Lost in Random feels like the sort of game that would have come out 15 years ago. That's not to say it feels dated, not at all, but instead it comes from an era where developers took risks with unique and interesting IPs. It's the sort of game you could imagine stumbling upon in your local video game store with tantalising box art that just begged you to try it, before later finding you've fallen in love with it. It's only years later that it would be a surprise to find nobody you know has heard of the game, let alone played it. That form of cult classic status is hard to achieve, but it's one we believe Lost in Random may stumble across in years to come.
Everything about the game comes with a Tim Burton feel. Despite this, it always has its own identity, never once feeling like a carbon copy of the director's past works. The story has you playing as Even, travelling across the world of Random to find Odd, your sister who has been taken by the evil queen. The children in Random are all expected to roll a dice when they reach the age of 12, to determine which of the six lands they'll belong to. Unfortunately, Even, who is a Oner, isn't too happy that her sister, a Sixer, has been taken. Not long into the story, you'll also meet Dicey, a cute companion who joins you along for the ride.
The adventure takes you both across every realm of Random, each bursting with its own personality. Two-Town for example is a place where its citizens suffer from split personalities, and in some cases, literal body doubles. There's also Threedom, a warzone that is ruled by triplets fighting against each other. Venturing into a new zone is always exciting, offering new sights, sounds and story beats to uncover. For the most part, it keeps the narrative feeling fresh but is occasionally bogged down by fetch quests and pacing issues.
When you're not exploring these beautiful zones, you'll be engaging in some pretty unique combat. Even doesn't have any weapons at her disposal aside from her trusty slingshot, but it's not for damaging enemies. Instead, you'll have to smash crystals on foes, which in turn Dicey will absorb. As they consume more, you'll be able to throw them down which stops time and allows you to use a series of randomised cards. Depending on the dice roll, you can choose one or all of them, each coming packed with special abilities. You may be gifted a sword to attack your enemies or you can even use Dicey as a walking time bomb. It's unique, frantic and adds tactical elements to battles.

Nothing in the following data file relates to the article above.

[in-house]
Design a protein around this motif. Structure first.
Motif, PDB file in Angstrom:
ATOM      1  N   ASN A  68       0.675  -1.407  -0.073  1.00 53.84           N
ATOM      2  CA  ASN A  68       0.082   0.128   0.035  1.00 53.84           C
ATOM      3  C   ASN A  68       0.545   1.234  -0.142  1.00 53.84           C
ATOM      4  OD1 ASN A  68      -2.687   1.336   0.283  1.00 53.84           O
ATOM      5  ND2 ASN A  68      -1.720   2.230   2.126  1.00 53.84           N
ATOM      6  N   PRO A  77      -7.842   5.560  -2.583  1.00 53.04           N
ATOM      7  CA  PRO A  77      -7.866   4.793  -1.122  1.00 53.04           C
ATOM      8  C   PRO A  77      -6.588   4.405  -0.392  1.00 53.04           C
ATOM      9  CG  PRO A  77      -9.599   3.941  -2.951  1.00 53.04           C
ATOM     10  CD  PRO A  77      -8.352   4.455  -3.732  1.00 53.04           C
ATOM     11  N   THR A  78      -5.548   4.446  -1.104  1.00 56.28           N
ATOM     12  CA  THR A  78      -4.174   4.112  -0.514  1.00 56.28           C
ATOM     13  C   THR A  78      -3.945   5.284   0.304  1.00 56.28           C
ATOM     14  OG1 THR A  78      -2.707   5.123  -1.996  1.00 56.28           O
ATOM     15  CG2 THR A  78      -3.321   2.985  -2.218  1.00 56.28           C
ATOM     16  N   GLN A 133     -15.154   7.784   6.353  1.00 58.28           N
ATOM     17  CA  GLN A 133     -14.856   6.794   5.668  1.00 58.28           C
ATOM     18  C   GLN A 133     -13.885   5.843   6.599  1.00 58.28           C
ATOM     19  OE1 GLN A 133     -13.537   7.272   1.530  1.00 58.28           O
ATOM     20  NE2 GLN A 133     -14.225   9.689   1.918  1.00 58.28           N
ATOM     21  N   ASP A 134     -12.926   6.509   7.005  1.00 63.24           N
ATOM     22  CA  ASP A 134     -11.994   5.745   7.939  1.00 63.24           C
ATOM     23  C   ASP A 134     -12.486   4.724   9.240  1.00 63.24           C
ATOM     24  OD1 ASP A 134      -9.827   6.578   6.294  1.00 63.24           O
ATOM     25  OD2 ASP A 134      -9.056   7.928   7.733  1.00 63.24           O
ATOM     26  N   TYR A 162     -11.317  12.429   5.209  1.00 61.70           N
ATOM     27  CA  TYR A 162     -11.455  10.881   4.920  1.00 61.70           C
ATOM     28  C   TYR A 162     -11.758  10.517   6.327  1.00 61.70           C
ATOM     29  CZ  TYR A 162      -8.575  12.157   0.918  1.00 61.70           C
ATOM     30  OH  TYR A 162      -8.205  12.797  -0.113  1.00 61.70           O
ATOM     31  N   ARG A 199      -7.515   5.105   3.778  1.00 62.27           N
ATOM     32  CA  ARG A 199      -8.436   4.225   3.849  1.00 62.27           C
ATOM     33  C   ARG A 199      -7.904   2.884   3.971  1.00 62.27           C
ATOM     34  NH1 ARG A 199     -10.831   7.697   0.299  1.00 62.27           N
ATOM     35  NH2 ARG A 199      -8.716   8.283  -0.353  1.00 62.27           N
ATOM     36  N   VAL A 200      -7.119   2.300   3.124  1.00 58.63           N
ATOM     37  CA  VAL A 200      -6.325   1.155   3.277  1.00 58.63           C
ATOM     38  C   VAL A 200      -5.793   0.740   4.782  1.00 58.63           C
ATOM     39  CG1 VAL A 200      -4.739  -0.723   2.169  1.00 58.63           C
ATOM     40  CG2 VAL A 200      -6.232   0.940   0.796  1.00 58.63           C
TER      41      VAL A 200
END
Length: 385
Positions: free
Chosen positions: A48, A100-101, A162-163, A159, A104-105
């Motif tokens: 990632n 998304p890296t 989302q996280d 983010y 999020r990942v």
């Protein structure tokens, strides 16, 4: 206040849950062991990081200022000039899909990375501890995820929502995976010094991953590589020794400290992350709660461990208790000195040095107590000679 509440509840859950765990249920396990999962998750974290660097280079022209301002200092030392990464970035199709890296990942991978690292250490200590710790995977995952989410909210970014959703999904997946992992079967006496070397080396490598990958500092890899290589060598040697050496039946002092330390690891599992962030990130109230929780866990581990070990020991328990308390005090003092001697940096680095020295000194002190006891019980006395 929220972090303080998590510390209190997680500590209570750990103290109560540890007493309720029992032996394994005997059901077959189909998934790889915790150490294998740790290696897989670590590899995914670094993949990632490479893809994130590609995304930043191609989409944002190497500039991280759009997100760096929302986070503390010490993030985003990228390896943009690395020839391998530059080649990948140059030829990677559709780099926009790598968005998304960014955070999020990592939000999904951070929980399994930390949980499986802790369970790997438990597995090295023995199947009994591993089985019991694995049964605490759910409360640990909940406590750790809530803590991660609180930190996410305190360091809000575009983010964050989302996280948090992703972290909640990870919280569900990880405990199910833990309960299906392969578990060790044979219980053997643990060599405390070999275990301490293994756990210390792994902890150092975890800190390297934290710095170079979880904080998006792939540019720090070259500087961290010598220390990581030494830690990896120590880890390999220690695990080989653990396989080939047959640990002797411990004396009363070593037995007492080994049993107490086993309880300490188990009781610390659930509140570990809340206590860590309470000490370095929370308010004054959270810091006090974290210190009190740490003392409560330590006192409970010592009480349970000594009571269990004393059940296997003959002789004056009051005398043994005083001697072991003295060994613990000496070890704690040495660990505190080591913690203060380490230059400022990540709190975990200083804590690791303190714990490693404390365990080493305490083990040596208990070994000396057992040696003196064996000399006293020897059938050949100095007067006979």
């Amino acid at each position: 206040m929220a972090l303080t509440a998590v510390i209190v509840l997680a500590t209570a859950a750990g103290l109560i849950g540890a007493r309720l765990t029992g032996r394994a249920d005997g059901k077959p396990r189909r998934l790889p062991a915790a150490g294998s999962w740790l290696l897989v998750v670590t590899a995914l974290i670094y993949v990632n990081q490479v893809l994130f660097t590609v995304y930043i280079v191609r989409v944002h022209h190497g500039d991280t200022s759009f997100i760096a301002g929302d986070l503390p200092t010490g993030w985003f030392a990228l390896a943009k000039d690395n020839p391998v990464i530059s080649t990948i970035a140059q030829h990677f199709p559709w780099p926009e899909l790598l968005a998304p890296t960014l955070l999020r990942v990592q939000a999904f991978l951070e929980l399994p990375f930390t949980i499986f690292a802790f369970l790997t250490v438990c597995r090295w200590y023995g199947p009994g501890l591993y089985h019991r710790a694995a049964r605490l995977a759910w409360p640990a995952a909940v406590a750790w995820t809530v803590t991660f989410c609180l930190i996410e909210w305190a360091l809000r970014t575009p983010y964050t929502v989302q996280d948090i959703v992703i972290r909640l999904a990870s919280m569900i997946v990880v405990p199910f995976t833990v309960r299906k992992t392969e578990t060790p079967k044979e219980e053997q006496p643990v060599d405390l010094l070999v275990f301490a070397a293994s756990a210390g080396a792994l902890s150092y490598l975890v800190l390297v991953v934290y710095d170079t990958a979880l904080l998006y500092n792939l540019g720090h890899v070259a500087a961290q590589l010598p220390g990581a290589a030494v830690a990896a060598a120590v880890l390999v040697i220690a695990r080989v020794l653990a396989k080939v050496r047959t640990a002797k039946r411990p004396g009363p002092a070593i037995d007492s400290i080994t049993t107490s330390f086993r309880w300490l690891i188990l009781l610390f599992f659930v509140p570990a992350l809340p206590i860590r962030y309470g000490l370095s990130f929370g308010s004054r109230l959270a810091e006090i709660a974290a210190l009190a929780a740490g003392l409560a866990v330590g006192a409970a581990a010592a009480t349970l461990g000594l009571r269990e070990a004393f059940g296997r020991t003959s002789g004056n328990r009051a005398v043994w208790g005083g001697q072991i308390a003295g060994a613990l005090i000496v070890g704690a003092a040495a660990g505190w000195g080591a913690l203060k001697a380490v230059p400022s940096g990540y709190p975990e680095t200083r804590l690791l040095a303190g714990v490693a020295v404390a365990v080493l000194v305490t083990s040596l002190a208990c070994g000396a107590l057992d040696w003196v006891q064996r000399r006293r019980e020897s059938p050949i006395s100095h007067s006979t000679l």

However, it doesn't always land. While you can set a deck of up to 15 cards, the randomised nature of fights can add some tedium. In some situations, you could run the risk of landing useless cards. For example, some flying enemies are pretty impervious to melee attacks unless they swoop down, so you may run into situations where you're constantly having to gain crystals and reroll the dice. It's not often that these roadblocks come up, but when they do, they can be fairly frustrating.
It's also worth pointing out that while the game is a gorgeous treat, it's not without its fair share of bugs. During our time we had side quests that wouldn't mark as complete, incorrect trackers, and most annoyingly, moments where we couldn't interact with anything without reloading our save. While these aren't deal-breakers, they do add some tedium and a feeling of a lack of polish to the overall production. Lip syncing is a bit all over the shop too.
Despite these hurdles, we hold no doubt they'll be ironed out in the coming weeks. What will be left is an underrated gem that has unfortunately slipped under the radar. Coming out the same week as Tales of Arise, Life is Strange: True Colors and Sonic Colors: Ultimate, the game appears to have been lost in the noise. It's a shame, but we're confident an audience will be found of people such as us who will love and embrace this game - warts and all. Lost in Random may not strike a chord with everyone, but for those it does, they will absolutely love it.